WASHINGTON -- Americans are more pessimistic than ever about their retirement prospects, with 27 percent of all workers saying they are "not at all confident" about retirement, according to a yearly survey released Tuesday by the Employee Benefit Research Institute, a nonpartisan think tank. That's a 5 percent increase from a year ago.
What's worse is that some of the people who should be looking forward to retirement the most don't even want to think about it.
Jayne Dunn, 55, said she’s been out of work since December 2008, when she lost her job as a landscape designer in Cheshire, Conn. She described her job search as "demeaning, demoralizing, just desperately awful" and said thoughts of retirement are forbidden. "You just don’t do that," she said. "You just think kind of day to day."
Dunn told HuffPost she's already used up the $5,000 that remained in her 401k when she tapped it in 2009. The EBRI survey found that 34 percent of workers said they'd dipped into savings to pay basic expenses in the past year.
Americans Dunn's age are less likely to lose their jobs than younger folks. But once they lose their jobs, they are more likely to be out of work for a long, long time.
The unemployment rate for Americans ages 55 and up stands at just 6.4 percent, compared with 8.9 percent for the population as a whole. But according to the AARP Public Policy Institute, the average jobless spell lasts 45.5 weeks for Americans older than 55, compared with 35.2 weeks for those younger than that.
As of October, according to the Congressional Research Service, more than one in 10 unemployed workers older than 55 had been jobless for longer than 99 weeks, which is the cutoff point for unemployment benefits in the hardest-hit states. Just 6 percent of unemployed workers younger than 35 have been out of work that long.
And according to the Bureau of Labor Statistics, among displaced workers -- people who lost their jobs after three years with the same employer -- folks older than 55 were much less likely than their younger counterparts to have found new jobs between 2007 and 2010.
Many long-term jobless in their fifties say unspoken age discrimination is the reason they can't find work.
Bonnie Krewson of Folsom, Calif., told HuffPost she passed the two-year mark of her unemployment spell on Sunday. Krewson, a 58-year-old former office administrator, said that when she does manage to get an interview, she feels her age is as large an obstacle as her lack of a college degree. When she recently interviewed for an administrative position at a law firm, she said, "I just felt they were going to want to hire somebody a little younger."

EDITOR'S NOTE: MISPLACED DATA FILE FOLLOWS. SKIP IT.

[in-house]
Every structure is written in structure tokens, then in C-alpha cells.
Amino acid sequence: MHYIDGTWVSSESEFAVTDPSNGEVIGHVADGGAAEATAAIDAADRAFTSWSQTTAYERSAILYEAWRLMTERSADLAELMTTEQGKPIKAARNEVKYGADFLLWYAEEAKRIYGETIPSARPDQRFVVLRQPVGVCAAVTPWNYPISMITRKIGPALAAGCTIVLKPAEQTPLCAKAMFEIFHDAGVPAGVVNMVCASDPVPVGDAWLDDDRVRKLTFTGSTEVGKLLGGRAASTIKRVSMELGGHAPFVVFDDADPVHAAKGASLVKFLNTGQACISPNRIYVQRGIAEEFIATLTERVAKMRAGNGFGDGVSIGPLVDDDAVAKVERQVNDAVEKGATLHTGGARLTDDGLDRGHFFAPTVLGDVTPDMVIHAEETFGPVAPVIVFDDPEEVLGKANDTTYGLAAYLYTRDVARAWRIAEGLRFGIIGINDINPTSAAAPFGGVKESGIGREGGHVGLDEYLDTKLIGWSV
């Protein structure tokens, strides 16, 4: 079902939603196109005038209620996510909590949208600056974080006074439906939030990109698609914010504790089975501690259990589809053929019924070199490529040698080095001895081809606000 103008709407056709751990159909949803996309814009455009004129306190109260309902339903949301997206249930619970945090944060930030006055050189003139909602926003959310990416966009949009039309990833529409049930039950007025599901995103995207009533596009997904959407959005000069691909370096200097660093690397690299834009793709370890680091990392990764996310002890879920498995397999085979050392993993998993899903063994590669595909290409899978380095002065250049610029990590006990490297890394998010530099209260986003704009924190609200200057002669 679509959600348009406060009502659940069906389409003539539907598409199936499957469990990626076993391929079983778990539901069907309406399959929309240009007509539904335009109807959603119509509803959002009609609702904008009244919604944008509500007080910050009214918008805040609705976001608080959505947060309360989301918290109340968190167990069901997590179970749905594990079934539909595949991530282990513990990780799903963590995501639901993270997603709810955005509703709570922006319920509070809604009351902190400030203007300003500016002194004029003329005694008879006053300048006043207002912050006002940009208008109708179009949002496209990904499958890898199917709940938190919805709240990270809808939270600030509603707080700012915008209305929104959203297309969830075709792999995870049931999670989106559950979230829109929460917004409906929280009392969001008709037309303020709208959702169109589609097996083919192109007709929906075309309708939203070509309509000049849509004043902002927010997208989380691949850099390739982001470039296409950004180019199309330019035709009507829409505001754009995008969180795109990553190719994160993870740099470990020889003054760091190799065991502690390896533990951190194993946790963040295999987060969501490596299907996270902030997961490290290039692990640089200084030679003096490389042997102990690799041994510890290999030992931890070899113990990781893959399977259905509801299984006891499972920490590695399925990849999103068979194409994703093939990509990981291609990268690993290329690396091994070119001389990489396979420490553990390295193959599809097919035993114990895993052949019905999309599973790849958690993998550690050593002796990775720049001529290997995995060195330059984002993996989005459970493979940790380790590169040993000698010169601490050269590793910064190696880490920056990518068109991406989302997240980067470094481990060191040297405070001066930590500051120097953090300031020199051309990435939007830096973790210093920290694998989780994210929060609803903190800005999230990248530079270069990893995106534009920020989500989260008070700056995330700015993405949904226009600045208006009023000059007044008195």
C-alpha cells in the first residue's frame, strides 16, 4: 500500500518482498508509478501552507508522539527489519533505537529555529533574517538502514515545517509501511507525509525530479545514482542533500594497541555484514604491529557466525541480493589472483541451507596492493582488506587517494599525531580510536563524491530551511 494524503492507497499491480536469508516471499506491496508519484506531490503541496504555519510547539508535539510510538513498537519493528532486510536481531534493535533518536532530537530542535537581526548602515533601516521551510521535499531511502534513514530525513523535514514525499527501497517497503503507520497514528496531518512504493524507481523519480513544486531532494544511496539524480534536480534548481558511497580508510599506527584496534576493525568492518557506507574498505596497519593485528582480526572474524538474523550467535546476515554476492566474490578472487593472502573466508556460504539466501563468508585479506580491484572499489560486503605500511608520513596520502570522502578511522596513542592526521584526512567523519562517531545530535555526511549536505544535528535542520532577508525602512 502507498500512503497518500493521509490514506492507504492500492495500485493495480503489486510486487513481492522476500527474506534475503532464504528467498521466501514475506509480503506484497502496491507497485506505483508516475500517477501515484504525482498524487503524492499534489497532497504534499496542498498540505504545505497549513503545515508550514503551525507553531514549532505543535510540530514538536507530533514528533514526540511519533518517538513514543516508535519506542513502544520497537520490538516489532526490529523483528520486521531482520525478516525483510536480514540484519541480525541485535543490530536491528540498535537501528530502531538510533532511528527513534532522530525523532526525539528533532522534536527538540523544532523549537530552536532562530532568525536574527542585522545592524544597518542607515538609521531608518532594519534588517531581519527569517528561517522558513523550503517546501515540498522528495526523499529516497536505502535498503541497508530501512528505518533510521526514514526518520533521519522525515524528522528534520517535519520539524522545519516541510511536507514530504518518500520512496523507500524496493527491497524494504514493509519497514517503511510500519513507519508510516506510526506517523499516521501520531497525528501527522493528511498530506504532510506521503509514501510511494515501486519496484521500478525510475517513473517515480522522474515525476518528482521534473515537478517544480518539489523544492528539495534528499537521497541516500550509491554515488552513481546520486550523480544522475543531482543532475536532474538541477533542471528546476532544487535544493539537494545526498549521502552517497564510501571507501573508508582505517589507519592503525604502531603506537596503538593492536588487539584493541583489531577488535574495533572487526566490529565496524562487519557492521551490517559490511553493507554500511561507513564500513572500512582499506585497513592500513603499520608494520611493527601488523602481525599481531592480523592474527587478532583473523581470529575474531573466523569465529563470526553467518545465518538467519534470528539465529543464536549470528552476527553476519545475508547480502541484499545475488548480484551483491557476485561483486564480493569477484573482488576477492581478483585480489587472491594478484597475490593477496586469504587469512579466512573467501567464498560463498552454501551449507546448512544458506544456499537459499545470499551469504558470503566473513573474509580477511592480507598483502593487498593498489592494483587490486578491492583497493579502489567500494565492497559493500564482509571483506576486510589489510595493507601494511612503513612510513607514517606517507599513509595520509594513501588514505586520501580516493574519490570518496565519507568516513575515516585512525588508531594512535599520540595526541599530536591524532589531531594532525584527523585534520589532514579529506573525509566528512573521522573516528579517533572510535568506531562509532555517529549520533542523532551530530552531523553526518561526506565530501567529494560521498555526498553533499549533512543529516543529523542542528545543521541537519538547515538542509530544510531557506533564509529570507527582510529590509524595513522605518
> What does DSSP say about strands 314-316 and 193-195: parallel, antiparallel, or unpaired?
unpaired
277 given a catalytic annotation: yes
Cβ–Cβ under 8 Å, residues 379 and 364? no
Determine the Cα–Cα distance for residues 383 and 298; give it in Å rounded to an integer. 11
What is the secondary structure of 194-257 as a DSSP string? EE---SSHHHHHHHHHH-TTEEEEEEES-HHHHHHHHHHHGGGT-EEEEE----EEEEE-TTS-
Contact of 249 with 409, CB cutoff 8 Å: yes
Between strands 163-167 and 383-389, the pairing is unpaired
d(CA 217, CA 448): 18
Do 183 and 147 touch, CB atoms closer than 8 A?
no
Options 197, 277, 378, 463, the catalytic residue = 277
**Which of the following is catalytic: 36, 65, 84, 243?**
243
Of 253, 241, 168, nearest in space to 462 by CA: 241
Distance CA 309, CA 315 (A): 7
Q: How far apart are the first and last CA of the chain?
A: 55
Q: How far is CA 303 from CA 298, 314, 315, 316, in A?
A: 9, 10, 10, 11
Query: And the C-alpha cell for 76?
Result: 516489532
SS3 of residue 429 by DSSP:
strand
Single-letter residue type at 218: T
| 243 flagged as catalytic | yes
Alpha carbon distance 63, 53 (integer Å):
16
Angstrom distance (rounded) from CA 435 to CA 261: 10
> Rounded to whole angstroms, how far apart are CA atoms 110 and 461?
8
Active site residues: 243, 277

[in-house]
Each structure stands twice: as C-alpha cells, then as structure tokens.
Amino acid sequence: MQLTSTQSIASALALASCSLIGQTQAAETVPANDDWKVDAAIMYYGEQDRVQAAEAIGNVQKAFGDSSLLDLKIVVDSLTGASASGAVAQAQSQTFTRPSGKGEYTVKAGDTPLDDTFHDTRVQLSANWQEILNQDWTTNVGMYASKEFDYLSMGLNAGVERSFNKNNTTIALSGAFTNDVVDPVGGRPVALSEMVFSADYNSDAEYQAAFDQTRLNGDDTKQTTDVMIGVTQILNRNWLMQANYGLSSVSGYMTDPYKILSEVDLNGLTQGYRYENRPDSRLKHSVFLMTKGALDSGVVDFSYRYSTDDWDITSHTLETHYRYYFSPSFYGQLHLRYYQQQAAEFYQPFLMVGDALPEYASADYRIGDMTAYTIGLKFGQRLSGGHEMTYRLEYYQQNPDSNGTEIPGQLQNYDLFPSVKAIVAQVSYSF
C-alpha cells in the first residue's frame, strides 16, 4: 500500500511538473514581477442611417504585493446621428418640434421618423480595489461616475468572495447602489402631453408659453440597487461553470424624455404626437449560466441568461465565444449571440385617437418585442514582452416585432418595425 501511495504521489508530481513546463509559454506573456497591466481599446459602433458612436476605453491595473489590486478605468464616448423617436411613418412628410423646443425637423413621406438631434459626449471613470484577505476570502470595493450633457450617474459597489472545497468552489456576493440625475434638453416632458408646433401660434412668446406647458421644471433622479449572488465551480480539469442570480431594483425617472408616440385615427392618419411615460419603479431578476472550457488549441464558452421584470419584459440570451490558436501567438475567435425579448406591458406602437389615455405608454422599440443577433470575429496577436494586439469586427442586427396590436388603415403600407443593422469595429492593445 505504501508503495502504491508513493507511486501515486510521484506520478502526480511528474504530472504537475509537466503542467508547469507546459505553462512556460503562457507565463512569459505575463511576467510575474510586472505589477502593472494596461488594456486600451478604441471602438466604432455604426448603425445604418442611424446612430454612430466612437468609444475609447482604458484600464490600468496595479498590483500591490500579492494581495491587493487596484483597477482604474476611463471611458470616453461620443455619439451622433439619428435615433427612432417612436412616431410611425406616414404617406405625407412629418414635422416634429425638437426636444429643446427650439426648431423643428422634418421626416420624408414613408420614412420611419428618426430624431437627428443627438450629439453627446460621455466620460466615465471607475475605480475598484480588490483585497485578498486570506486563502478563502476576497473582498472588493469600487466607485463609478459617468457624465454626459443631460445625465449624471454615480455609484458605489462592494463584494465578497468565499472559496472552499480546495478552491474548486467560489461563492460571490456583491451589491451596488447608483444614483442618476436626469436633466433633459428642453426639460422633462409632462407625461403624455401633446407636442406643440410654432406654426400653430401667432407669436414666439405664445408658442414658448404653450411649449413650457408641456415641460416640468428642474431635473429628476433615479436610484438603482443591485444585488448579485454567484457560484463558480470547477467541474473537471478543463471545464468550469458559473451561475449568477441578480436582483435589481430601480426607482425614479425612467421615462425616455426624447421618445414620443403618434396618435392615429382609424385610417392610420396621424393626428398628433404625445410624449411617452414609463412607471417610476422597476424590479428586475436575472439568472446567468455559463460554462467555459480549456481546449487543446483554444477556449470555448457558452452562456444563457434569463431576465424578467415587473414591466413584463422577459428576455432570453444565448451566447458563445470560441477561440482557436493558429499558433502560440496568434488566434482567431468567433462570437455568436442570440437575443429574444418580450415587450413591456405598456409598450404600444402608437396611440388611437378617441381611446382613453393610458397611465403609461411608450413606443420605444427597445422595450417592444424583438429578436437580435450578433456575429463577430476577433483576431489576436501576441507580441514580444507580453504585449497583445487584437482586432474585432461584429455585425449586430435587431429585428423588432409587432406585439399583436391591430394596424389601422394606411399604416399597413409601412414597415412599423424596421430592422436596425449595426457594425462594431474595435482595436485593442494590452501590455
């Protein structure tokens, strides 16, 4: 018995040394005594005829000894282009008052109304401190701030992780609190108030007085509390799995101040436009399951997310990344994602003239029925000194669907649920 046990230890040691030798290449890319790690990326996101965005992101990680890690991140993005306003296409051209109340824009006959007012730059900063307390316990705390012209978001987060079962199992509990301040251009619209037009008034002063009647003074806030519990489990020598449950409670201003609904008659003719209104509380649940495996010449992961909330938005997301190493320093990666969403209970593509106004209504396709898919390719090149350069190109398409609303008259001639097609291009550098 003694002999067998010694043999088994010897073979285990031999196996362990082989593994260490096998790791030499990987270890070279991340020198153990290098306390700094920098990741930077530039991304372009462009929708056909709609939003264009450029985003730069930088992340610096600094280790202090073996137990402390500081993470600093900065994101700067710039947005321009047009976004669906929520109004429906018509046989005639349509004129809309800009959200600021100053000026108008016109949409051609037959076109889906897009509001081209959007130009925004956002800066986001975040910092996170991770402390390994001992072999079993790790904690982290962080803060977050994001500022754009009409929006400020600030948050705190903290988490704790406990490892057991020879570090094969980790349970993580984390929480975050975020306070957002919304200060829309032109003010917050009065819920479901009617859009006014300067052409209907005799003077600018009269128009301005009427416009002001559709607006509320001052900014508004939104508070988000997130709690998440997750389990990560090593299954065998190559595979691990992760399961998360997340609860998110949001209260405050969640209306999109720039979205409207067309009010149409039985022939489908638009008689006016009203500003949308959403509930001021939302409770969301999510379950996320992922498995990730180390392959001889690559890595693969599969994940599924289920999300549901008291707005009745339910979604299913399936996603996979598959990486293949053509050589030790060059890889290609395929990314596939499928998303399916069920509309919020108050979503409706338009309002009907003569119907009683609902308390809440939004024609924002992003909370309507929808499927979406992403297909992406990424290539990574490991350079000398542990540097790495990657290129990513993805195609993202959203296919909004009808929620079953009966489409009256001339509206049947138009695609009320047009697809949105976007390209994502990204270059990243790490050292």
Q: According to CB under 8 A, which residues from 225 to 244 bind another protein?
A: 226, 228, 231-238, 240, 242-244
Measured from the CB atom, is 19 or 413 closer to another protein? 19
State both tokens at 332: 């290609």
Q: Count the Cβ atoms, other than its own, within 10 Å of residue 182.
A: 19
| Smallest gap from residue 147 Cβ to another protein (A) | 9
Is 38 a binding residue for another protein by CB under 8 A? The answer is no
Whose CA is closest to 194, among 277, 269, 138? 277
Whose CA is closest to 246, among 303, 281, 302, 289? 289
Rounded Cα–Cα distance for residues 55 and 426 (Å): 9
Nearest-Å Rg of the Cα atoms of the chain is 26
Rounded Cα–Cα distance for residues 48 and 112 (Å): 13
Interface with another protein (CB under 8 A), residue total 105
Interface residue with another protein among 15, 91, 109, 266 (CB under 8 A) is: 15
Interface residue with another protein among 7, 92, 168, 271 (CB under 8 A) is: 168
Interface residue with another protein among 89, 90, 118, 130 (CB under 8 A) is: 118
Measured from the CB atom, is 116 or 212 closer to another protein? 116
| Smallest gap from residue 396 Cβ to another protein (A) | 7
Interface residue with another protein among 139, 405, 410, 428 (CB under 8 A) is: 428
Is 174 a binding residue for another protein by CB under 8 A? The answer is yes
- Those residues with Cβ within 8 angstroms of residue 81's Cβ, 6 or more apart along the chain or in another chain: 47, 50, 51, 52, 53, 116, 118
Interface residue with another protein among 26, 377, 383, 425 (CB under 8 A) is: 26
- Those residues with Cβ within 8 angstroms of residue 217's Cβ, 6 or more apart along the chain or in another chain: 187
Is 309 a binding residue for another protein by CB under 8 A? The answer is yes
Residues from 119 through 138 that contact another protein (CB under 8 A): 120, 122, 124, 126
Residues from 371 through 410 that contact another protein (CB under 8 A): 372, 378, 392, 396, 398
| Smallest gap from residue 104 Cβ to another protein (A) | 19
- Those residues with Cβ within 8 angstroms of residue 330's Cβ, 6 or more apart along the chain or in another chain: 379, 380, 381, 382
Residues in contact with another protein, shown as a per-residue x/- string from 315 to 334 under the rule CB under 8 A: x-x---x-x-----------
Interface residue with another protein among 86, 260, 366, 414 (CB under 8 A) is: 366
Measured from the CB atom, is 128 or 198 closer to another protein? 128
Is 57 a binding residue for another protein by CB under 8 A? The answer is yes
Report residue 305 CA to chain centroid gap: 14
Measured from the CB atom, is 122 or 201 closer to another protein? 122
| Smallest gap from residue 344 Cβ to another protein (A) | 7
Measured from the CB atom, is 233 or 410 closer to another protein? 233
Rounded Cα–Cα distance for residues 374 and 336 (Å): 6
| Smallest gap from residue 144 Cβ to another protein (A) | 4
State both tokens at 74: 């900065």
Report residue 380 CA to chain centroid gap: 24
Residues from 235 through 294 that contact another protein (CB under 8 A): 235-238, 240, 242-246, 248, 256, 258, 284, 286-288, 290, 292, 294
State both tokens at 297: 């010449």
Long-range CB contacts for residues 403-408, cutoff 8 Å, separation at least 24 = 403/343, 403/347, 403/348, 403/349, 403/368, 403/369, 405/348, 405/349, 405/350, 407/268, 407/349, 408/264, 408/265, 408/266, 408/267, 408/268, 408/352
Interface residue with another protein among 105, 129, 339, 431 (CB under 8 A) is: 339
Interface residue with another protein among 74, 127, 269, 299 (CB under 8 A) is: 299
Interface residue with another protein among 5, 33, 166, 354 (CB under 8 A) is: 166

She said she's applied for jobs at places like Home Depot, Sam's Club and In-N-Out Burger, but almost never gets an interview. Several big retail stores, including Home Depot and Target, require online job applicants to disclose their age. (Walmart, which owns Sam's Club, does not.)
Krewson said her job search has been demoralizing. "It's making me feel like, 'What is wrong with me?'" she said. "People tell me all the time, 'It's not you, per se. The difference is you're now competing against 10 times as many people and more than half of those are probably going to have better qualifications.'"
Her unemployment benefits ran out in February, Krewson said, so her only monthly income is $190 from General Assistance and $200 in food stamps. Even with the occasional help from family members, she said she doesn't have enough to cover expenses. She's got no savings. As for retirement, she said, "I’m really not trying to think about it, although it’s always in the back of my mind."
Sandra Lazzinnaro of West Milford, N.J., told HuffPost she'd worked as a flight coordinator for the past 25 years when she lost her job in November 2008. Now, she said, she works two days a week as a bartender. She said she's now studying to become a paralegal after spending her entire career in aviation. She recently turned 50.
"They could keep telling us 50 is the new 40, but now when it comes to trying to find work ... I had to throw out 27 years of experience and reinvent myself. It’s pretty scary," she said. "We’re in a full-fledged depression. They’re just telling us we’re coming out of a recession, but we’re really not."
As for comfortable retirement, Lazzinnaro said, "I’m thinking it’s like a pipe dream that’s never going to happen."
Dunn, the former landscape designer, is also studying up for a career change. She said she's taking business classes and wants to start a food pantry that emphasizes confidentiality and dignity for its clients. She said she homed in on her new career goal the moment a volunteer at a food pantry (where Dunn herself previously volunteered) took back from her a can of unsweetened applesauce that pushed her allotment above the 10-pound limit for a single person.
"It was the last thing I put on the scale and they took it back out," she said. "My opinion is, there’s a more dignified way to do that."
Instead of worrying about her retirement, Dunn said she's focused entirely on getting her business going and is in the midst of a grant-writing effort. "It just feels like that’s what I would love to do for the rest of my life," she said.